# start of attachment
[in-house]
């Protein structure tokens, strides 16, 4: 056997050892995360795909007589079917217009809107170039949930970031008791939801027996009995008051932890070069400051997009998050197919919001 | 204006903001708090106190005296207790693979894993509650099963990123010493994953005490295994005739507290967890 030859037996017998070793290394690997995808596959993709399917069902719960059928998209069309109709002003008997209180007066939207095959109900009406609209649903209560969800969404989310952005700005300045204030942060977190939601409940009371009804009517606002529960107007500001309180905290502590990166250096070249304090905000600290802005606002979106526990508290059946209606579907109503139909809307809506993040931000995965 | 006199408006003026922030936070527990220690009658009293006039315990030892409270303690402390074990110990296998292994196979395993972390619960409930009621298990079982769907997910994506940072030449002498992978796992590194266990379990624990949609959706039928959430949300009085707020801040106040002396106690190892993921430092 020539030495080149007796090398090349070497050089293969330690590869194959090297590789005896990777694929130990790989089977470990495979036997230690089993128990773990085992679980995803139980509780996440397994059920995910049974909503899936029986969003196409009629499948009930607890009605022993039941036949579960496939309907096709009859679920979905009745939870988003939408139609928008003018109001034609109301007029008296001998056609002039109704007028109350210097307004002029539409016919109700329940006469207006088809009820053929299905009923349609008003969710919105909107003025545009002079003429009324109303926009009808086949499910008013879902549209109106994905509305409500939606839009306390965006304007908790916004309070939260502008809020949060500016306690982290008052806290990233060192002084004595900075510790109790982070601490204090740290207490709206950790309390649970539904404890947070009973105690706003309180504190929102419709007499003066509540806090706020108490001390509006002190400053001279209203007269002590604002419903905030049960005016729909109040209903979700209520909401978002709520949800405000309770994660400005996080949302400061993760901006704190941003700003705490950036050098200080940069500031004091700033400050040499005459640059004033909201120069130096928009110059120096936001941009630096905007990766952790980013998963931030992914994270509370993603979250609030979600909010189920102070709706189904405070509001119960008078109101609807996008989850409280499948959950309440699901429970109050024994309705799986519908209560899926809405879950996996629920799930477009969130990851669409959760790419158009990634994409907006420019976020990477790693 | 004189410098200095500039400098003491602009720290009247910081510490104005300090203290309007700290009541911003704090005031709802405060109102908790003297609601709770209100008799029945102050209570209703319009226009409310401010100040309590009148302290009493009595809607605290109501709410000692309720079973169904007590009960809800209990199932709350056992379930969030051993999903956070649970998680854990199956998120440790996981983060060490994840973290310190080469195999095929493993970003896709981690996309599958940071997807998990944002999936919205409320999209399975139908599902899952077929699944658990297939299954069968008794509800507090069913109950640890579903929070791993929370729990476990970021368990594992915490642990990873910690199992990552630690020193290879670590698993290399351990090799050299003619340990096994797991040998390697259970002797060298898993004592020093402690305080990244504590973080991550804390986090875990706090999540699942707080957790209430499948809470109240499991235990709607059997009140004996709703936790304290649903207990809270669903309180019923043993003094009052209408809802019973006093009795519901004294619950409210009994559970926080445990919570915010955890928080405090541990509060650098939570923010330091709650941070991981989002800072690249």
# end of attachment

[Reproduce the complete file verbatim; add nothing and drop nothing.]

[in-house]
């Protein structure tokens, strides 16, 4: 056997050892995360795909007589079917217009809107170039949930970031008791939801027996009995008051932890070069400051997009998050197919919001 | 204006903001708090106190005296207790693979894993509650099963990123010493994953005490295994005739507290967890 030859037996017998070793290394690997995808596959993709399917069902719960059928998209069309109709002003008997209180007066939207095959109900009406609209649903209560969800969404989310952005700005300045204030942060977190939601409940009371009804009517606002529960107007500001309180905290502590990166250096070249304090905000600290802005606002979106526990508290059946209606579907109503139909809307809506993040931000995965 | 006199408006003026922030936070527990220690009658009293006039315990030892409270303690402390074990110990296998292994196979395993972390619960409930009621298990079982769907997910994506940072030449002498992978796992590194266990379990624990949609959706039928959430949300009085707020801040106040002396106690190892993921430092 020539030495080149007796090398090349070497050089293969330690590869194959090297590789005896990777694929130990790989089977470990495979036997230690089993128990773990085992679980995803139980509780996440397994059920995910049974909503899936029986969003196409009629499948009930607890009605022993039941036949579960496939309907096709009859679920979905009745939870988003939408139609928008003018109001034609109301007029008296001998056609002039109704007028109350210097307004002029539409016919109700329940006469207006088809009820053929299905009923349609008003969710919105909107003025545009002079003429009324109303926009009808086949499910008013879902549209109106994905509305409500939606839009306390965006304007908790916004309070939260502008809020949060500016306690982290008052806290990233060192002084004595900075510790109790982070601490204090740290207490709206950790309390649970539904404890947070009973105690706003309180504190929102419709007499003066509540806090706020108490001390509006002190400053001279209203007269002590604002419903905030049960005016729909109040209903979700209520909401978002709520949800405000309770994660400005996080949302400061993760901006704190941003700003705490950036050098200080940069500031004091700033400050040499005459640059004033909201120069130096928009110059120096936001941009630096905007990766952790980013998963931030992914994270509370993603979250609030979600909010189920102070709706189904405070509001119960008078109101609807996008989850409280499948959950309440699901429970109050024994309705799986519908209560899926809405879950996996629920799930477009969130990851669409959760790419158009990634994409907006420019976020990477790693 | 004189410098200095500039400098003491602009720290009247910081510490104005300090203290309007700290009541911003704090005031709802405060109102908790003297609601709770209100008799029945102050209570209703319009226009409310401010100040309590009148302290009493009595809607605290109501709410000692309720079973169904007590009960809800209990199932709350056992379930969030051993999903956070649970998680854990199956998120440790996981983060060490994840973290310190080469195999095929493993970003896709981690996309599958940071997807998990944002999936919205409320999209399975139908599902899952077929699944658990297939299954069968008794509800507090069913109950640890579903929070791993929370729990476990970021368990594992915490642990990873910690199992990552630690020193290879670590698993290399351990090799050299003619340990096994797991040998390697259970002797060298898993004592020093402690305080990244504590973080991550804390986090875990706090999540699942707080957790209430499948809470109240499991235990709607059997009140004996709703936790304290649903207990809270669903309180019923043993003094009052209408809802019973006093009795519901004294619950409210009994559970926080445990919570915010955890928080405090541990509060650098939570923010330091709650941070991981989002800072690249």